Eight Ways To Protect Yourself On The Run
By Alison Kotch
Ever felt unsafe while running? You’re not alone! As much fun as it is to run through this city and in our Brooklyn backyard (or anywhere on the planet, really), it’s difficult to relax and enjoy your run when safety is a concern. Some alarming stats: According to a study by Road ID, 122,000 runners are taken to the hospital each year after being hit by cars. And if you’re a female runner, there are additional safety measures to consider: A 2016 Time Magazine story found that most female joggers experience some form of harassment while running, which can lead to extreme precautions like changing a favorite route, ceasing to run at night, or intentionally wearing unflattering clothing to avoid catcalls from male runners.
So what are runners of all stripes to do before heading out the door to ensure their next run is safe and comfortable? That’s what six panelists aimed to answer last Wednesday night at a panel hosted at the NYRR Run Center, as part of a weekful of events during Running Safety Awareness Week, which kicked off Wednesday, January 23, and ended Saturday, January 26.
While other events included self-defense workshops and group runs, moderator Simran Jeet Singh from The Run Collective led panelists through a thoughtful discussion of topics such as race and gender-based violence, the group also left attendees with a list of helpful tips to keep in mind before heading out on their next run.
Run with groups (even if you’re running alone)
There’s safety in numbers, so trailing behind a larger pack of runners (even if you want to run solo that day) means you’ll be near others who can bail you out of a potentially uncomfortable and/or threatening situation.
Consider different headphones
Running without music can be tough, and it’s often the only thing that can push you through those last few miles. If you can’t give it up when you’re outside, consider a pair of headphones, such as Trekz Air by Aftershokz, which sit just outside your ear and allow street noise in.
Let people know your preferred run time
Are you an early-morning runner, afternoon jogger, or someone who prefers to head out after dark? Make sure you have a handful of family or friends who know your schedule. They’ll know if you’re missing, and you might find other runners willing to keep you company.
Consider carrying a self-defense tool
A pair of keys, or a compact tool that’s strong enough to break glass (such as the Resqme keychain), will give you extra assurance that you’re equipped to defend yourself if attacked.
Put Strava to work
While Strava is great for tracking workouts and keeping tabs on your run crew’s routes and training frequency, the Beacon safety feature will alert your contacts to your whereabouts in real time via GPS...a more modern version of that post-it note you always leave on the fridge.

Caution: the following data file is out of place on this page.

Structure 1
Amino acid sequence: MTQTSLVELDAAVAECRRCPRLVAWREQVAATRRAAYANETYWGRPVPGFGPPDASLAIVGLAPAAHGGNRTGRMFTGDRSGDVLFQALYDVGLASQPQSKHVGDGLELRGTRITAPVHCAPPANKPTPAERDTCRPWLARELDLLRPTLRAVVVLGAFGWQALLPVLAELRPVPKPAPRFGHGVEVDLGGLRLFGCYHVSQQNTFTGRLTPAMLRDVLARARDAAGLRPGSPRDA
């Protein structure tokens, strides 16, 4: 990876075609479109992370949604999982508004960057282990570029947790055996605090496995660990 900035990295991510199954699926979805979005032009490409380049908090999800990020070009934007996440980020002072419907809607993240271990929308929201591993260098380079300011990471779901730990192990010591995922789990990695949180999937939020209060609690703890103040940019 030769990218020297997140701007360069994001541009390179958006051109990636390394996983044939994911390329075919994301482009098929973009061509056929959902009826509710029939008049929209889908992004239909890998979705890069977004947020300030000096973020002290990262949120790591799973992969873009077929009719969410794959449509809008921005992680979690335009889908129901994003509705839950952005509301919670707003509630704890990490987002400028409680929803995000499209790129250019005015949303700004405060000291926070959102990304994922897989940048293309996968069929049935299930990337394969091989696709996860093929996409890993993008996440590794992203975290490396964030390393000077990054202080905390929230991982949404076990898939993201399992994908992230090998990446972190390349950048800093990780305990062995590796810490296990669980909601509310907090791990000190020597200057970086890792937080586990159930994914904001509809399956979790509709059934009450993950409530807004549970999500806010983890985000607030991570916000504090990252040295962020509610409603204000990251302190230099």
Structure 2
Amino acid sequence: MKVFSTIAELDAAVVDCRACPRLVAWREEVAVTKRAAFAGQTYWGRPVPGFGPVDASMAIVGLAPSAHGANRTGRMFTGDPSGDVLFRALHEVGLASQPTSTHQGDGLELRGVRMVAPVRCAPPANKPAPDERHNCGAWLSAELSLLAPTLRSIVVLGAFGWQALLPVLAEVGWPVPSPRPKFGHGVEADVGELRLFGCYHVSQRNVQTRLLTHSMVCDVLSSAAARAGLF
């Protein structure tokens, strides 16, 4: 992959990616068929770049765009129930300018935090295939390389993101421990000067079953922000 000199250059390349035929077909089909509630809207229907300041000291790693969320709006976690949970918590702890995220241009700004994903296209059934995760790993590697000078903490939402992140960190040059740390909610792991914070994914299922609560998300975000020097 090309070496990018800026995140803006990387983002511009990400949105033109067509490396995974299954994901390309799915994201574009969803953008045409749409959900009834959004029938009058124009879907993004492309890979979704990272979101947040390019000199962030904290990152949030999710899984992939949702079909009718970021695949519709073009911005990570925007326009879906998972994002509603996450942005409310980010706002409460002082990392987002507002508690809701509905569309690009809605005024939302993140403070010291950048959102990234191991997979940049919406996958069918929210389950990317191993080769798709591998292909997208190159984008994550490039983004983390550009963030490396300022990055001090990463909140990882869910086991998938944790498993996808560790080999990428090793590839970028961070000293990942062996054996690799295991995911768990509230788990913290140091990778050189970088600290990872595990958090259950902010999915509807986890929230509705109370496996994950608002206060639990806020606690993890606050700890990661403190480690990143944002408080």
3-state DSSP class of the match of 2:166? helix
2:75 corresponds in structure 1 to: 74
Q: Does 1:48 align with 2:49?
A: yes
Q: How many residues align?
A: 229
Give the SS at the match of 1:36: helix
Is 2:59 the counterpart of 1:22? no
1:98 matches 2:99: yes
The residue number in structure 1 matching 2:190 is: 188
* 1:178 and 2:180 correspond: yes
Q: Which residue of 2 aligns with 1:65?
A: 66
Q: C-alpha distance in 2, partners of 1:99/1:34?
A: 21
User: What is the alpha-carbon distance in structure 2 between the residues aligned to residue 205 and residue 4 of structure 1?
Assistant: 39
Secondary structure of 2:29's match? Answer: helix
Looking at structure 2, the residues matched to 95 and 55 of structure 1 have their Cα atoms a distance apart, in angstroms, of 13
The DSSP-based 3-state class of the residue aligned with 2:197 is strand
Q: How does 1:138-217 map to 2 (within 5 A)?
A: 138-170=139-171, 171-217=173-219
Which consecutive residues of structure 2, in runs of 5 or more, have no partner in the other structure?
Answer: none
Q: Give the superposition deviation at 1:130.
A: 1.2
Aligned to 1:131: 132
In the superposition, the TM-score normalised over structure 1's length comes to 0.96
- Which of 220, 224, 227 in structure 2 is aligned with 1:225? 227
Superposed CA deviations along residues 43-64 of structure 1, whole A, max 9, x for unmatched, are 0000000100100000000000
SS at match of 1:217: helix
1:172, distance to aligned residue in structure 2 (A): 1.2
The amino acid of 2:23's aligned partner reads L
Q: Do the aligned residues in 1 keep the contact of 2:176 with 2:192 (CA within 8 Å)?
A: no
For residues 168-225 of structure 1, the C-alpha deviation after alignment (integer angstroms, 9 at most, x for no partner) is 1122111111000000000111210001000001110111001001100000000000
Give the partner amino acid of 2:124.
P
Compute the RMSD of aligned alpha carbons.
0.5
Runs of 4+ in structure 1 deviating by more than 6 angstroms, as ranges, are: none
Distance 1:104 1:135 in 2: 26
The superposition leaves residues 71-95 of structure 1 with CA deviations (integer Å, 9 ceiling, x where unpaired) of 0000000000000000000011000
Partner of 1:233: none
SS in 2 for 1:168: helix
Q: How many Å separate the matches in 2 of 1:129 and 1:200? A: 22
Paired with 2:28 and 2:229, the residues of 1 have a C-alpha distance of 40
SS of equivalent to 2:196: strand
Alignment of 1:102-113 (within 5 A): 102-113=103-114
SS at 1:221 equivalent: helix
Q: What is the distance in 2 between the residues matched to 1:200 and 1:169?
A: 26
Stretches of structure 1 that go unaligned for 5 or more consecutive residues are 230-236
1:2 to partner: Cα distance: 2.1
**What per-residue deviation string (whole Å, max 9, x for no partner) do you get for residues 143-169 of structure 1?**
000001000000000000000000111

Male runners: Know what’s helpful...and what’s not
If you’re a male runner looking to help a female runner in trouble, be observant and follow their emotional lead. You might be tempted to immediately yell, curse at or even punch the offender: Don’t. Speak in a calm manner first to avoid escalating things into an even bigger confrontation.
Use Siren GPS
This app shares your location and profile with your emergency contact, the dispatch operator and nearest first responder, which can improve response times by 40 percent--which can be critical when you’re confronted alone on the run.
Trust your intuition The last tip (and undoubtedly the most important): If something feels right, you know it. Same goes for when it doesn’t: If you’re running a route and suddenly get a feeling like you should GTFO, don’t ignore that gut-feeling.
But don’t let it keep you indoors, either: Twenty-four percent of a survey of 800 women said they pay to run on treadmills because they don’t feel safe running outdoors. Running outdoors is often more fun, more enjoyable, and a better workout than staying in the gym...so it pays to empower yourself before you head outdoors.
Link to video recap
Panelists at the Wednesday, January 23 event:
Zola Bruce, Associate Director of Communications and Impact at the Center for Anti-Violence
Kim Wiley-Schwartz, Assistant Commissioner for Education and Outreach at the New York City Department of Transportation
Hannah Pennington, Assistant Commissioner for Policy and Training at the Mayor’s Office to end Domestic and Gender Based Violence
Caroline Shepard, Jiu Jitsu Instructor
Talya Minsberg, New York Times writer, “Running While Female”